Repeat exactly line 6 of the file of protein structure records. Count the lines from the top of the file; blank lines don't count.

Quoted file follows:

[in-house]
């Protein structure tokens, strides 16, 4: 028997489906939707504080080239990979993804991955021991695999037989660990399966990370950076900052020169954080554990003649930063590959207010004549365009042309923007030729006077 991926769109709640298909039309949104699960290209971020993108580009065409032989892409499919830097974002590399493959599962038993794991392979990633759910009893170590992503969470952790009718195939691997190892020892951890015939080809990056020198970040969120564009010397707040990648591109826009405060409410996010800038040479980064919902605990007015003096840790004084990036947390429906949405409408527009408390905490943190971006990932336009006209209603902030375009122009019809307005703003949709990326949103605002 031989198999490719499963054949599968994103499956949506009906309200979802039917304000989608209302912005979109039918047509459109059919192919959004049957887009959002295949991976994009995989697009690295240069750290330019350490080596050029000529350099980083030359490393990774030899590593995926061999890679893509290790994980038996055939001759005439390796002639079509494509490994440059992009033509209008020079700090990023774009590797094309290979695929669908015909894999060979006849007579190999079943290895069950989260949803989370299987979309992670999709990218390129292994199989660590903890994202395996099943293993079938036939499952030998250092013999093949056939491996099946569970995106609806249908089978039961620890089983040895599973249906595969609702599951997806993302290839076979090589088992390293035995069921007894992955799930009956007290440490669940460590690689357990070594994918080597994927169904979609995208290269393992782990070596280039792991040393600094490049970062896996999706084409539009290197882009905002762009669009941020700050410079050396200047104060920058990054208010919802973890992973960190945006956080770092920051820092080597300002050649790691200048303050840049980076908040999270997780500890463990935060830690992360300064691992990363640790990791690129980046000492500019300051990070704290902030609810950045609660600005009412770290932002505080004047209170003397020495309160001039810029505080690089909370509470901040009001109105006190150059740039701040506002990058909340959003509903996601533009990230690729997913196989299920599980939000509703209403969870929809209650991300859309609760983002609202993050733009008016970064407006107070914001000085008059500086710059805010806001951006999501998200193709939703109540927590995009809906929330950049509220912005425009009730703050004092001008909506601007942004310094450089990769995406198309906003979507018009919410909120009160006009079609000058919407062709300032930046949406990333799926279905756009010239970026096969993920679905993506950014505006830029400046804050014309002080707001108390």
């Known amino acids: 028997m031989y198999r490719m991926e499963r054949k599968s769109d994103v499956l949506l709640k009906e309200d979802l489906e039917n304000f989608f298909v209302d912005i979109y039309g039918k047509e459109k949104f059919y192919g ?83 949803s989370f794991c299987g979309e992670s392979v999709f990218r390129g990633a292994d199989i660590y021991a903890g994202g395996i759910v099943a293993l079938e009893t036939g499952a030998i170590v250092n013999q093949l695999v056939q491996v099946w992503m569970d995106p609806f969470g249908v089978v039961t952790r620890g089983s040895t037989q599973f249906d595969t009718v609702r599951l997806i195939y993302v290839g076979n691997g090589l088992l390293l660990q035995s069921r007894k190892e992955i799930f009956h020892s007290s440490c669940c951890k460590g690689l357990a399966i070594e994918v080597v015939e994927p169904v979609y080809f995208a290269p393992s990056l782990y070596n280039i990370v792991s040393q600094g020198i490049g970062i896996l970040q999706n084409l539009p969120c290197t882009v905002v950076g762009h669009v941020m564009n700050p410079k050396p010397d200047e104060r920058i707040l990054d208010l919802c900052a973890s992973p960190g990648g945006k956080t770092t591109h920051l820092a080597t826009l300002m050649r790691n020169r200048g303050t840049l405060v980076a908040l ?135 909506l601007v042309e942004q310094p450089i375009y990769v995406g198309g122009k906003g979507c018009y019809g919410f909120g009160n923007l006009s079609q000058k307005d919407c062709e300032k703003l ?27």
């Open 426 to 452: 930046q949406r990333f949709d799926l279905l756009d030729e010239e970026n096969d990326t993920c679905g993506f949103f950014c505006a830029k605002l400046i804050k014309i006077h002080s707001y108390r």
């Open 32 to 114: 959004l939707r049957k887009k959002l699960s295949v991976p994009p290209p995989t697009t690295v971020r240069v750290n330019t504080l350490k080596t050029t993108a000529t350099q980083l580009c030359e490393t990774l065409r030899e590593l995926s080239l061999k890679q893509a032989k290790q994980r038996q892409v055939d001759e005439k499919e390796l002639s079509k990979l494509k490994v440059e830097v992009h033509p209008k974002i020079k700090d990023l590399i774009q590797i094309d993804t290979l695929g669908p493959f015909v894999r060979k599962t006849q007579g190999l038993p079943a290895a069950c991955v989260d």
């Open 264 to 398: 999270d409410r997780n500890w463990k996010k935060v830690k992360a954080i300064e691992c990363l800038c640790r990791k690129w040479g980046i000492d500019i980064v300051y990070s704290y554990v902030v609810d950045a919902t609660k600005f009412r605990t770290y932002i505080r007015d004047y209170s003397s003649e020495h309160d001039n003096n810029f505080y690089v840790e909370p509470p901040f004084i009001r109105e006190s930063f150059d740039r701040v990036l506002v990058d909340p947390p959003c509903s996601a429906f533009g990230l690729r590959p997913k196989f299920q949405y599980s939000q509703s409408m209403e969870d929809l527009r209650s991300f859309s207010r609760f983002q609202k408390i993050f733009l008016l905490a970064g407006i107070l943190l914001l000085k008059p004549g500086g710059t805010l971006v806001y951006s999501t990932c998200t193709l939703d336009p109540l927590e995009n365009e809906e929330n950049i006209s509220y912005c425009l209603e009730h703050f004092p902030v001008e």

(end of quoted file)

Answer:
């Open 264 to 398: 999270d409410r997780n500890w463990k996010k935060v830690k992360a954080i300064e691992c990363l800038c640790r990791k690129w040479g980046i000492d500019i980064v300051y990070s704290y554990v902030v609810d950045a919902t609660k600005f009412r605990t770290y932002i505080r007015d004047y209170s003397s003649e020495h309160d001039n003096n810029f505080y690089v840790e909370p509470p901040f004084i009001r109105e006190s930063f150059d740039r701040v990036l506002v990058d909340p947390p959003c509903s996601a429906f533009g990230l690729r590959p997913k196989f299920q949405y599980s939000q509703s409408m209403e969870d929809l527009r209650s991300f859309s207010r609760f983002q609202k408390i993050f733009l008016l905490a970064g407006i107070l943190l914001l000085k008059p004549g500086g710059t805010l971006v806001y951006s999501t990932c998200t193709l939703d336009p109540l927590e995009n365009e809906e929330n950049i006209s509220y912005c425009l209603e009730h703050f004092p902030v001008e």